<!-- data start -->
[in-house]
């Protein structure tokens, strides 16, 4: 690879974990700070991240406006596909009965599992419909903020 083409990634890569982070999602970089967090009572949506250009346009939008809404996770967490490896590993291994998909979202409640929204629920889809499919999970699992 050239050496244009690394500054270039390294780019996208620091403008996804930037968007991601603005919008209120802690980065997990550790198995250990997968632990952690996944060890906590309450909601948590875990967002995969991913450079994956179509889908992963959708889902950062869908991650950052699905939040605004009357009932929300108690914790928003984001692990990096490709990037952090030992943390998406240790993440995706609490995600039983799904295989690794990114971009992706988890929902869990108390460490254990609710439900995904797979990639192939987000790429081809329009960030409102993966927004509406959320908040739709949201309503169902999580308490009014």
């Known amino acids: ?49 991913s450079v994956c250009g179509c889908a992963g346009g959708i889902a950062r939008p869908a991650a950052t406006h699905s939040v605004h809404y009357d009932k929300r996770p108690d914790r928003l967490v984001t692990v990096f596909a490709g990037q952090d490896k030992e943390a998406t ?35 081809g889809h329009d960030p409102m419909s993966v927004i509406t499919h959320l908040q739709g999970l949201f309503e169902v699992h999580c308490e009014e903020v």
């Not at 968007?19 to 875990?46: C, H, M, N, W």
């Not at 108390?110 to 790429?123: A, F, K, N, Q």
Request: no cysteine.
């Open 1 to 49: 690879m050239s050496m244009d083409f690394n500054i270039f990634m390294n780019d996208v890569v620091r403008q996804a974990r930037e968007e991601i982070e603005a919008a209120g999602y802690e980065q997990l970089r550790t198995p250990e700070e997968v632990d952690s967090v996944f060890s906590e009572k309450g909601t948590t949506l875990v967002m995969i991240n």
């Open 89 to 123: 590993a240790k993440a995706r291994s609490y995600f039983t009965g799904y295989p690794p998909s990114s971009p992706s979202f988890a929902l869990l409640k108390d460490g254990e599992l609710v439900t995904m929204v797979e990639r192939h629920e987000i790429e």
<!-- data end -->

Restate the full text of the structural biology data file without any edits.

[in-house]
């Protein structure tokens, strides 16, 4: 690879974990700070991240406006596909009965599992419909903020 083409990634890569982070999602970089967090009572949506250009346009939008809404996770967490490896590993291994998909979202409640929204629920889809499919999970699992 050239050496244009690394500054270039390294780019996208620091403008996804930037968007991601603005919008209120802690980065997990550790198995250990997968632990952690996944060890906590309450909601948590875990967002995969991913450079994956179509889908992963959708889902950062869908991650950052699905939040605004009357009932929300108690914790928003984001692990990096490709990037952090030992943390998406240790993440995706609490995600039983799904295989690794990114971009992706988890929902869990108390460490254990609710439900995904797979990639192939987000790429081809329009960030409102993966927004509406959320908040739709949201309503169902999580308490009014």
């Known amino acids: ?49 991913s450079v994956c250009g179509c889908a992963g346009g959708i889902a950062r939008p869908a991650a950052t406006h699905s939040v605004h809404y009357d009932k929300r996770p108690d914790r928003l967490v984001t692990v990096f596909a490709g990037q952090d490896k030992e943390a998406t ?35 081809g889809h329009d960030p409102m419909s993966v927004i509406t499919h959320l908040q739709g999970l949201f309503e169902v699992h999580c308490e009014e903020v």
């Not at 968007?19 to 875990?46: C, H, M, N, W």
């Not at 108390?110 to 790429?123: A, F, K, N, Q």
Request: no cysteine.
């Open 1 to 49: 690879m050239s050496m244009d083409f690394n500054i270039f990634m390294n780019d996208v890569v620091r403008q996804a974990r930037e968007e991601i982070e603005a919008a209120g999602y802690e980065q997990l970089r550790t198995p250990e700070e997968v632990d952690s967090v996944f060890s906590e009572k309450g909601t948590t949506l875990v967002m995969i991240n």
């Open 89 to 123: 590993a240790k993440a995706r291994s609490y995600f039983t009965g799904y295989p690794p998909s990114s971009p992706s979202f988890a929902l869990l409640k108390d460490g254990e599992l609710v439900t995904m929204v797979e990639r192939h629920e987000i790429e």